MLB rule 7.06: Obstruction
Oct 26, 2013 at 1:00a ET
The St. Louis Cardinals beat the Boston Red Sox in Game 3 on a controversial play at Busch Stadium to take a 2-1 lead in the World Series.
MAJOR LEAGUE BASEBALL RULE 7.06
"(a) When obstruction occurs, the umpire shall call or signal 'Obstruction.'
"If a play is being made on the obstructed runner, or if the batter-runner is obstructed before he touches first base, the ball is dead and all runners shall advance, without liability to be put out, to the bases they would have reached, in the umpire’s judgment, if there had been no obstruction. The obstructed runner shall be awarded at least one base beyond the base he had last legally touched before the obstruction. Any preceding runners, forced to advance by the award of bases as the penalty for obstruction, shall advance without liability to be put out.
"Rule 7.06(a) Comment: When a play is being made on an obstructed runner, the umpire shall signal obstruction in the same manner that he calls 'Time,' with both hands overhead. The ball is immediately dead when this signal is given; however, should a thrown ball be in flight before the obstruction is called by the umpire, the runners are to be awarded such bases on wild throws as they would have been awarded had not obstruction occurred. On a play where a runner was trapped between second and third and obstructed by the third baseman going into third base while the throw is in flight from the shortstop, if such throw goes into the dugout the obstructed runner is to be awarded home base. Any other runners on base in this situation would also be awarded two bases from the base they last legally touched before obstruction was called.
"(b) If no play is being made on the obstructed runner, the play shall proceed until no further action is possible. The umpire shall then call 'Time' and impose such penalties, if any, as in his judgment will nullify the act of obstruction.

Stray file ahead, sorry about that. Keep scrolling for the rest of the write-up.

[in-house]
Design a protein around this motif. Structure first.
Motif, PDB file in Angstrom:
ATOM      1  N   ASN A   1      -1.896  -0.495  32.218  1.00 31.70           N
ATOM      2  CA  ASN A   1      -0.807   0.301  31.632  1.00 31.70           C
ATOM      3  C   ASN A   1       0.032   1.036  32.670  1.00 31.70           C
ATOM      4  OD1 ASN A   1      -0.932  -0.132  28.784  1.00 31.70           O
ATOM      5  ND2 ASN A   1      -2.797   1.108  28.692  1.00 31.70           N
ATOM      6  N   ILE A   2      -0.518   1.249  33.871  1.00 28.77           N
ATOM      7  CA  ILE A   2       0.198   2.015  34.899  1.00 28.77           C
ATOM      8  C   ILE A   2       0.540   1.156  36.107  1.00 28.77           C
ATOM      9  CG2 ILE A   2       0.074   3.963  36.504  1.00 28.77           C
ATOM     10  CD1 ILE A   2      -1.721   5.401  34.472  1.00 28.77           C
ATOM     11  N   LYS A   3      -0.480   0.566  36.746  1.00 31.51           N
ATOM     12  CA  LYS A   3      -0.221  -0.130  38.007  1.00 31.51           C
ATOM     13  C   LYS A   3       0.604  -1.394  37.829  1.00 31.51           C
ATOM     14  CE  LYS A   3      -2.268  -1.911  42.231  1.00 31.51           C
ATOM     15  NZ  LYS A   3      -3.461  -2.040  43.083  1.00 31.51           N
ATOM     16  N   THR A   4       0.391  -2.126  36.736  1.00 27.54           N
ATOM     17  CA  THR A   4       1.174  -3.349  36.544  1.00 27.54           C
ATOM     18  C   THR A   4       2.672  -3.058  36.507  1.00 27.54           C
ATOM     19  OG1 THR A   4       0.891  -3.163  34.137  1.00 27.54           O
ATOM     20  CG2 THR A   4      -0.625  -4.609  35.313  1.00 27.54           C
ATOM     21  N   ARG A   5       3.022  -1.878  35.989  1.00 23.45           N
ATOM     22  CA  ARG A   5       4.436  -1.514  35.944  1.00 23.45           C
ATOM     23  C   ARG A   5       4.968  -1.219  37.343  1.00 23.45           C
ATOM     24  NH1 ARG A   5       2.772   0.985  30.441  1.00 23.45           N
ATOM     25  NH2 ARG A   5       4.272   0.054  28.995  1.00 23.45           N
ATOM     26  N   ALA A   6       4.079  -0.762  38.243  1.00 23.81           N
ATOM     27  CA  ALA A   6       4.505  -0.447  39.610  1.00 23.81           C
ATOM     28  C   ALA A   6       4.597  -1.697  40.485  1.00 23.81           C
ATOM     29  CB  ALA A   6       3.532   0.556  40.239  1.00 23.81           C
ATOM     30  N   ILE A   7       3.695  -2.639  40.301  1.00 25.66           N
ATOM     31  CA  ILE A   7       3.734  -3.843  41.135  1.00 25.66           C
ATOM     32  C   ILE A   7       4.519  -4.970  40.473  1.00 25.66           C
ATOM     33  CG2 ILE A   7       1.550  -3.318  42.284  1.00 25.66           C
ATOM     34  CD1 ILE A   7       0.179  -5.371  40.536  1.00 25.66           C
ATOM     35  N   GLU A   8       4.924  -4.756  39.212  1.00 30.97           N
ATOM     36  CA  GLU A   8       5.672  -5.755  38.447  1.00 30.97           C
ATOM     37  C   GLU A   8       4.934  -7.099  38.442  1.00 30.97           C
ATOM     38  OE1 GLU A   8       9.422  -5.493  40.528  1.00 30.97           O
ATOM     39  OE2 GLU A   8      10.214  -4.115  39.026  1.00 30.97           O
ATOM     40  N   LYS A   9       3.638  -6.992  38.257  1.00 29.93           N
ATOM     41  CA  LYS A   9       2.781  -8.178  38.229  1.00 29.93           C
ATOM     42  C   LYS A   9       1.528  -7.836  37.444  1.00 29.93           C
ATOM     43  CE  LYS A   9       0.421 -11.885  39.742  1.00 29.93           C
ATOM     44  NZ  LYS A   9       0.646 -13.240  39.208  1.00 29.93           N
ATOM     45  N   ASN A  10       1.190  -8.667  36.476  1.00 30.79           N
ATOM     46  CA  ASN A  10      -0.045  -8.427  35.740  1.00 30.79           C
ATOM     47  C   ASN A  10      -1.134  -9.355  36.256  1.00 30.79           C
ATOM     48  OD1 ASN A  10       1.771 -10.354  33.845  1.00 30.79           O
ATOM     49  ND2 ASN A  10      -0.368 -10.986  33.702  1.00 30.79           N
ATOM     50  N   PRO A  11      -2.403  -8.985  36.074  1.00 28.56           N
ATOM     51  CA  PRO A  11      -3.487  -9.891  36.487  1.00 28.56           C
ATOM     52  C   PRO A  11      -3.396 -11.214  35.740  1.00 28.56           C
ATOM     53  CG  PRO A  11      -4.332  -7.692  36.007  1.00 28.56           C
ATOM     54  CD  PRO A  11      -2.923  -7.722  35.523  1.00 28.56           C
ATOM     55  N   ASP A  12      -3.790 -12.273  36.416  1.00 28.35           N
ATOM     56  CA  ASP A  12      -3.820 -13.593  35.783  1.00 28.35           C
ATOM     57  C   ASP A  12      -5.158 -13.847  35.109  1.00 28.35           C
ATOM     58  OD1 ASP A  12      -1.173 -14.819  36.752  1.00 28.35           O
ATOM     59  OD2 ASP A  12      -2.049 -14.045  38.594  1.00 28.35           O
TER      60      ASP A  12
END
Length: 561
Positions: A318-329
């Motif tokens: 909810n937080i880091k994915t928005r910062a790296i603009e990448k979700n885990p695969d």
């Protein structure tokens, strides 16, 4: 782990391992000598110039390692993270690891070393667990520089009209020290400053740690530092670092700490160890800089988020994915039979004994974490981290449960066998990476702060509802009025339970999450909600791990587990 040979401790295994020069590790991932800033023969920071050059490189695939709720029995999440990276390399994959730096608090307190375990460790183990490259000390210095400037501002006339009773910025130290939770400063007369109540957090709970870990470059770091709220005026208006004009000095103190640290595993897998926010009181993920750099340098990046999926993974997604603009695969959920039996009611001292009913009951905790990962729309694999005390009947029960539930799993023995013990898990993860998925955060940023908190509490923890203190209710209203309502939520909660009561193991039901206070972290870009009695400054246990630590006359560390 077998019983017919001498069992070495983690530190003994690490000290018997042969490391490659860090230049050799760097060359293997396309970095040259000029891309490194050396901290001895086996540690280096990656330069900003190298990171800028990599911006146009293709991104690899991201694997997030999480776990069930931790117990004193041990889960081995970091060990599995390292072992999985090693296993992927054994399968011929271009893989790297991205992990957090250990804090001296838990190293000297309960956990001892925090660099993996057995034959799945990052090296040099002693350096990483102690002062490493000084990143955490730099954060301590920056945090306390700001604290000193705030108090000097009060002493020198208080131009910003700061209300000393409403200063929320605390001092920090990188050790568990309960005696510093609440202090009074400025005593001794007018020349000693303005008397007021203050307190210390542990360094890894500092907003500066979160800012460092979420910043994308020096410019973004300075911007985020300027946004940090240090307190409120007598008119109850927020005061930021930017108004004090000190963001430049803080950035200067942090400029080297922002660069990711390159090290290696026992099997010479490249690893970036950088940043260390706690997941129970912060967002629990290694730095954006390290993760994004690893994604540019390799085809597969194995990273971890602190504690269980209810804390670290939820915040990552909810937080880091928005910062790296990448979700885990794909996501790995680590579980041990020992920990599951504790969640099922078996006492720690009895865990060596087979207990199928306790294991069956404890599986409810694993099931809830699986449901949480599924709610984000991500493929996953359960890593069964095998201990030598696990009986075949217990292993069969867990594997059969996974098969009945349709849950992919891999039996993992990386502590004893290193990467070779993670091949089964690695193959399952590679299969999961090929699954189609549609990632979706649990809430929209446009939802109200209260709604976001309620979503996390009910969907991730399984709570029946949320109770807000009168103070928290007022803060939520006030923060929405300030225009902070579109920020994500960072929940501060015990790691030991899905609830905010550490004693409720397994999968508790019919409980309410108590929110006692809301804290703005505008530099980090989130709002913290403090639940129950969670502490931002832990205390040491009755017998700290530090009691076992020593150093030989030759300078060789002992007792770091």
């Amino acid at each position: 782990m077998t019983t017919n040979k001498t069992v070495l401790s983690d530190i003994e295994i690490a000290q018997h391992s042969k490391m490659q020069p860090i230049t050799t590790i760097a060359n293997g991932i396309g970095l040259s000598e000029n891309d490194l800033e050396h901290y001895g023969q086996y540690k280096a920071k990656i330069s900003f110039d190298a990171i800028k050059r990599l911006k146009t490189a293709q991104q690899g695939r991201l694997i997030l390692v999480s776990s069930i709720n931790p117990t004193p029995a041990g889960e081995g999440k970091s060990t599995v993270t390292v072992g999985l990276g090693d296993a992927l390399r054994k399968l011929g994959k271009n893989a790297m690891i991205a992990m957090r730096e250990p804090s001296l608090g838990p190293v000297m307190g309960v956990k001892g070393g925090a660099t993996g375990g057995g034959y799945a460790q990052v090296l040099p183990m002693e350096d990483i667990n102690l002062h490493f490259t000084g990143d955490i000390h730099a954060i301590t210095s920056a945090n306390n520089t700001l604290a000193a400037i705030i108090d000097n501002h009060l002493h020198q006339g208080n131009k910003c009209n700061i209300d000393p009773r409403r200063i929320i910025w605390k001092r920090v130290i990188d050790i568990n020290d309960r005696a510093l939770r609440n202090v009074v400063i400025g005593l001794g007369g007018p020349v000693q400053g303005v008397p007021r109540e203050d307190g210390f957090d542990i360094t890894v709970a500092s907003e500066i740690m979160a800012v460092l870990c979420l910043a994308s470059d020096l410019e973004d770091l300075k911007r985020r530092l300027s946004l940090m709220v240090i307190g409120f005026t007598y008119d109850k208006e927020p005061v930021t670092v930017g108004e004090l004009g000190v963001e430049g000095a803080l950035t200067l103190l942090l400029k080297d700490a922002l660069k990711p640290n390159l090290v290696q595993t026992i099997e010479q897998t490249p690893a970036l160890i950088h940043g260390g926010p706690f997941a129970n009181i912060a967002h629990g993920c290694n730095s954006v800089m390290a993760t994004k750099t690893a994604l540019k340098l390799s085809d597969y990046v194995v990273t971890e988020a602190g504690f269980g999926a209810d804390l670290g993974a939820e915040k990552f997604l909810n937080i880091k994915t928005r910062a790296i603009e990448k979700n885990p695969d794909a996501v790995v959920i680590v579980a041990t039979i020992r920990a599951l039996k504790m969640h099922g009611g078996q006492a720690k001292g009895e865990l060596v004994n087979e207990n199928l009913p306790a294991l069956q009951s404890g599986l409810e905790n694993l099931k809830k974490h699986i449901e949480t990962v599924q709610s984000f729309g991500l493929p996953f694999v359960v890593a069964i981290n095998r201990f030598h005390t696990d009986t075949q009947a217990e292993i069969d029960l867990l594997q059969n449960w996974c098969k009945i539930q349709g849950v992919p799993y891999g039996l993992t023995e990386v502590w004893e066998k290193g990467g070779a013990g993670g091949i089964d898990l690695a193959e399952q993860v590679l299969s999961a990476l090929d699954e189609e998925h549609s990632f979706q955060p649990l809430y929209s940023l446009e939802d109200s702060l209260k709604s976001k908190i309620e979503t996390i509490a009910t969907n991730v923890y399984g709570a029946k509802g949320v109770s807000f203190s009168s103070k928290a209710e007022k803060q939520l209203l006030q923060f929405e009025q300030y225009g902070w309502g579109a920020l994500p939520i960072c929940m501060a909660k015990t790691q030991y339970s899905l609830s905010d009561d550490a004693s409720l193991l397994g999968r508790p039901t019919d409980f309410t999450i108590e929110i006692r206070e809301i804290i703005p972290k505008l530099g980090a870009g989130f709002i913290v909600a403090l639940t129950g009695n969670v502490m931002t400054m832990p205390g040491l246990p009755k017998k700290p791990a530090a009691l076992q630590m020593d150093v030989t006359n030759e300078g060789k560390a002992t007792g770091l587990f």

"Rule 7.06(b) Comment: Under 7.06(b) when the ball is not dead on obstruction and an obstructed runner advances beyond the base which, in the umpire’s judgment, he would have been awarded because of being obstructed, he does so at his own peril and may be tagged out. This is a judgment call.
"NOTE: The catcher, without the ball in his possession, has no right to block the pathway of the runner attempting to score. The base line belongs to the runner and the catcher should be there only when he is fielding a ball or when he already has the ball in his hand."
Obstruction is also among the terms defined in Rule 2.0. Most germane to this play is part of a comment in this section: "After a fielder has made an attempt to field a ball and missed, he can no longer be in the act of fielding the ball. For example: If an infielder dives at a ground ball and the ball passes him and he continues to lie on the ground and delays the progress of the runner, he very likely has obstructed the runner."
So let's look again, shall we?
And what are we hearing from the Twitterati?
Right call. But what a way to end game. Have to wonder if middlebrooks doesn't raise feet up in air if the call is made.— Mark Mulder (@markmulder20) October 27, 2013
David Ortiz: "I don't think it's fair to end a World Series game like that."— Bill Shaikin (@BillShaikin) October 27, 2013
Jake Peavy is as super pissed as I’ve ever seen a pro athlete. Calls the end a “joke,” says he hopes DeMuth sleeps well.— Jesse Spector (@jessespector) October 27, 2013
Don't think the controversy should be on the umpires here. When you throw the ball away they typically score. That's baseball— Hunter Pence (@hunterpence) October 27, 2013
And other sports were heard from:
In any game, especially championship games, I hate to see an official or umpire decide the game— Jay Feely (@jayfeely) October 27, 2013
This is crazy!!— Reggie Miller (@ReggieMillerTNT) October 27, 2013
Crazy, sure, but un-American?
If you can't trip a guy at third base then I weep for America.— Old Hoss Radbourn (@OldHossRadbourn) October 27, 2013
So please, let's keep our perspective.
Barry Bonds is saying, "That's obstruction? I didn't do that." #mlb— thom loverro (@thomloverro) October 27, 2013
So it sounds like the only way Middlebrooks could have avoided obstruction would have been to secretly be Nightcrawler from the X-men.— Aaron Schatz (@FO_ASchatz) October 27, 2013
The Jets strength and conditioning coach who tripped that Dolphins punt coverage player thinks that was obstruction.— Adam Auslund (@followAdamA) October 27, 2013
— David Borges (@DaveBorges) October 27, 2013
First the GOP, now Middlebrooks. #obstruction— David Borges (@DaveBorges) October 27, 2013